While there's a bunch of code here, it's really not that complex. The first couple of lines only check which endpoint we're calling and whether we received a valid token. Depending on these variables I either return a refreshed token, a success response or an error response. In really you would of course make a call to your server rather write some code like I did here. I use Combine's Future to publish my prepared response with a delay. I also do some processing on this response like I would in a real implementation to check which http status code I ended up with. If I get a non-200 status code I decode the body data into a ServiceError and fail the publisher by throwing an error that we can catch later when we call publisher(for:token:). If I got a 200 status code I return a Data object.

While this code might look a bit silly in the context of my mock, let's take a look at how you can extend URLSession to make it conform to NetworkSession:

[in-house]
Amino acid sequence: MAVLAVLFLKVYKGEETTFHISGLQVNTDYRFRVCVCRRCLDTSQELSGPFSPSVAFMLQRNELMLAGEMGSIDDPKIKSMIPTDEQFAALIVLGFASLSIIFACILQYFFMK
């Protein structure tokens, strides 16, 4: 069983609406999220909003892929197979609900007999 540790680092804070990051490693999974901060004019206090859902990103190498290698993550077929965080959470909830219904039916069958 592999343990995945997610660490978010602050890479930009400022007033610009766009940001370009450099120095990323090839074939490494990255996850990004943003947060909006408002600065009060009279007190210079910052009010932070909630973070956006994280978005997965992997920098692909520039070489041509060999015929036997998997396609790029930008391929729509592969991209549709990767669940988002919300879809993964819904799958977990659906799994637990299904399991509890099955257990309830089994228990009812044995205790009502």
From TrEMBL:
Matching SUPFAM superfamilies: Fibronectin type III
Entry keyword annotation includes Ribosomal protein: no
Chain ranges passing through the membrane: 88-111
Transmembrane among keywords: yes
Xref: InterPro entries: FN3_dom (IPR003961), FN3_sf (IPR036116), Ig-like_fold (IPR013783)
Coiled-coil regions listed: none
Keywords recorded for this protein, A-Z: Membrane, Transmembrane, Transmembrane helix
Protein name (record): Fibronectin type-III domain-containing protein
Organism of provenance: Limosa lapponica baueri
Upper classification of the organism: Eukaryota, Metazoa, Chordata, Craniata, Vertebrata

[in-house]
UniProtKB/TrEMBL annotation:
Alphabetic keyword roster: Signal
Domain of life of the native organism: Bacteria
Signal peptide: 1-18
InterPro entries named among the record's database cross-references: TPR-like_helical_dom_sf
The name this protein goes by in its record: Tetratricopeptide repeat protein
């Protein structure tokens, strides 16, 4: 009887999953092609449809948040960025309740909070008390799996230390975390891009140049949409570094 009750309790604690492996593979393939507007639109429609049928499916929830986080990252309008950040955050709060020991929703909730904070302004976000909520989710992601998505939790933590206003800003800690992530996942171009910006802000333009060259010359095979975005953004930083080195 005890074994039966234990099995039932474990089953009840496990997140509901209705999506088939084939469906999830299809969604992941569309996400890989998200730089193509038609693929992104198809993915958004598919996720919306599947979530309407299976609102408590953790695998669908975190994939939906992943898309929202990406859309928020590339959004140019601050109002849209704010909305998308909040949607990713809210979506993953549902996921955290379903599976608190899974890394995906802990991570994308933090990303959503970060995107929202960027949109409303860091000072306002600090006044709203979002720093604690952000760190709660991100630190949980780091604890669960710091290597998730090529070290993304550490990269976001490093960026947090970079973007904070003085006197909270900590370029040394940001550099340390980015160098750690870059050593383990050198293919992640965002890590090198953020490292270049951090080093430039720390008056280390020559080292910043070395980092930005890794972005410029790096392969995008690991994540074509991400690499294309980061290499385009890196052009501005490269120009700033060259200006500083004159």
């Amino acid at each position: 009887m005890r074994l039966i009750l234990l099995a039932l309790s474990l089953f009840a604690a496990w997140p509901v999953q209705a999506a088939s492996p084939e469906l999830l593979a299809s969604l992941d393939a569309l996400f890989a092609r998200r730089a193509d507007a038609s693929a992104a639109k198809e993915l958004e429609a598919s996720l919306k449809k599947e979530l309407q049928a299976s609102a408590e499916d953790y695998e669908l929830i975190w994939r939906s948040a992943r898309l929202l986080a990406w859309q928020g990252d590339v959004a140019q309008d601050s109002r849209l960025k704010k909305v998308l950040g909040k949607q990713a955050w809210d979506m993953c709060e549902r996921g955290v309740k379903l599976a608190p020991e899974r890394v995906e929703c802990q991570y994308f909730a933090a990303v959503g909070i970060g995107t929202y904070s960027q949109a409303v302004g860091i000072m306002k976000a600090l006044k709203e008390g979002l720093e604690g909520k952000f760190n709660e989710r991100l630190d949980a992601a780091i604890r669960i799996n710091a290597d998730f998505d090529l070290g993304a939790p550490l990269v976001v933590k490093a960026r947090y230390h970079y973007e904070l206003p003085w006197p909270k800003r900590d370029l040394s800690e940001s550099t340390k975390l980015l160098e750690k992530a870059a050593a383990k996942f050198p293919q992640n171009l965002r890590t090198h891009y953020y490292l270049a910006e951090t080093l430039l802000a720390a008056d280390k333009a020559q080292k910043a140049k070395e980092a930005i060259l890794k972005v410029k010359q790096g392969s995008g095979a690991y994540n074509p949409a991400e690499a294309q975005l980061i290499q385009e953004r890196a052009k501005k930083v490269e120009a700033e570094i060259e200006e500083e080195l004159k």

extension URLSession: NetworkSession {
  func publisher(for url: URL, token: Token?) -> AnyPublisher<Data, Error> {
    var request = URLRequest(url: url)
    if let token = token {
      request.setValue("Bearer <access token>", forHTTPHeaderField: "Authentication")
    }

    return dataTaskPublisher(for: request)
      .tryMap({ result in
        guard let httpResponse = result.response as? HTTPURLResponse,
              httpResponse.statusCode == 200 else {

          let error = try JSONDecoder().decode(ServiceError.self, from: result.data)
          throw error
        }

        return result.data
      })
      .eraseToAnyPublisher()
  }
}